From the Sierra Nevada to the Pacific Ocean, California has plenty to offer. But it has dubious qualities, too. It’s once again the worst state in the country for stolen cars.
According to a report issued by the National Insurance Crime Bureau (NICB) in Des Plaines, Ill., seven of the country’s worst cities for stolen cars for 2014 are located in California.
The combined Bay Areas cities of San Francisco, Oakland and Hayward (the Bay Are corridor) had by far the most care thefts reports in the with 29,093. The number substantially higher than any other metropolitan area in the country.
The California cities also among the top-10 worst for car theft in 2014 included: Bakersfield, Stockton-Lodi, Modesto, Vallejo-Fairfield, Fresno and the metro are comprises San Jose-Sunnyvale-Santa Clara.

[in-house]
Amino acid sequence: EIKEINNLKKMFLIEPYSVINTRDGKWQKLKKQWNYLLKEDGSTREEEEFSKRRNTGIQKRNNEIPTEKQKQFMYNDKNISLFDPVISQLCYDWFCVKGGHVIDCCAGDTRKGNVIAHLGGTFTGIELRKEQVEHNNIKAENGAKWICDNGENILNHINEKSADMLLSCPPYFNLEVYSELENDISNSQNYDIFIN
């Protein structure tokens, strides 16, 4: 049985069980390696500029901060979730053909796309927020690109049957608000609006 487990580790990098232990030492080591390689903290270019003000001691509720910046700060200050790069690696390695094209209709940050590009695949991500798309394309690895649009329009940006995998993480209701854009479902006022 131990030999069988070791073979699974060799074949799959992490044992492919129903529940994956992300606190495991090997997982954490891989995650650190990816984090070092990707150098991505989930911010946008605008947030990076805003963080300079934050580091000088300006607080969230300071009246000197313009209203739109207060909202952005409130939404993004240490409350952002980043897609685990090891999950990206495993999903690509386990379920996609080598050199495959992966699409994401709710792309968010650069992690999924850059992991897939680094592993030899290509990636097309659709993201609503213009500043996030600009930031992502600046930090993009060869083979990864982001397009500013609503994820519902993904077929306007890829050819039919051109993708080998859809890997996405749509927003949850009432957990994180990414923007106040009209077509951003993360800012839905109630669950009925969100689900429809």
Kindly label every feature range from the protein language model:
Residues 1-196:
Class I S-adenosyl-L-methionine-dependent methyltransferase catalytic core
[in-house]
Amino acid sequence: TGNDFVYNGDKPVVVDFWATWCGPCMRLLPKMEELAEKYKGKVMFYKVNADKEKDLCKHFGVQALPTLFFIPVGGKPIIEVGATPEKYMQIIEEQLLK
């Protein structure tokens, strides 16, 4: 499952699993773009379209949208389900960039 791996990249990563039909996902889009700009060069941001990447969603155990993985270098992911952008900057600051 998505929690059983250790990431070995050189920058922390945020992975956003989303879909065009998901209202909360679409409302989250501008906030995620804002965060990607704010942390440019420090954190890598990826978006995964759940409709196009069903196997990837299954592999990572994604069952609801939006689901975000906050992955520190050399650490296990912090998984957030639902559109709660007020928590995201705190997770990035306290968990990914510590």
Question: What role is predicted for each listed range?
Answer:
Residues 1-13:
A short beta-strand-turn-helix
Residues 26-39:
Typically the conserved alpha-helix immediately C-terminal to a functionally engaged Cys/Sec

According to the Federal Bureau of Investigation (FBI), car theft has steadily declined in the past three years. In the past 12 years, car theft in the United States has declined 42.8 percent.
The massive decrease, according to the National Highway Safety Administration (NHSA) includes several factors: increased use of standard antitheft devices (especially coded keys, engine immobilizers and telematics locating systems), vehicle parts marking, increased and improved prosecution efforts by law enforcement organizations and increased public awareness.
Each area’s rate of theft was determined by dividing the total number of car thefts by the estimated population of the area.
The resulting decimal was then multiplied by a factor of 100,000 so that the rate corresponds to thefts per 100,000 people.
Here’s the list of the top-10 worst cities in the United States for car theft in 2014:
1. San Francisco-Oakland-Hayward, Calif. (29,093)
2. Bakersfield, Calif. (5,211)
3. Stockton-Lodi, Calif. (4,245)
4. Odessa, Texas (886)
5. Modesto, Calif. (3,047)
6. Spokane-Spokane Valley, Wash. (3,032)
7. Vallejo-Fairfield, Calif. (2,414)
8. Seattle-Tacoma-Bellevue, Wash. (20,268)
9. Fresno, Calif. (5,260).
10. San Jose-Sunnyvale-Santa Clara, Calif. (10,531)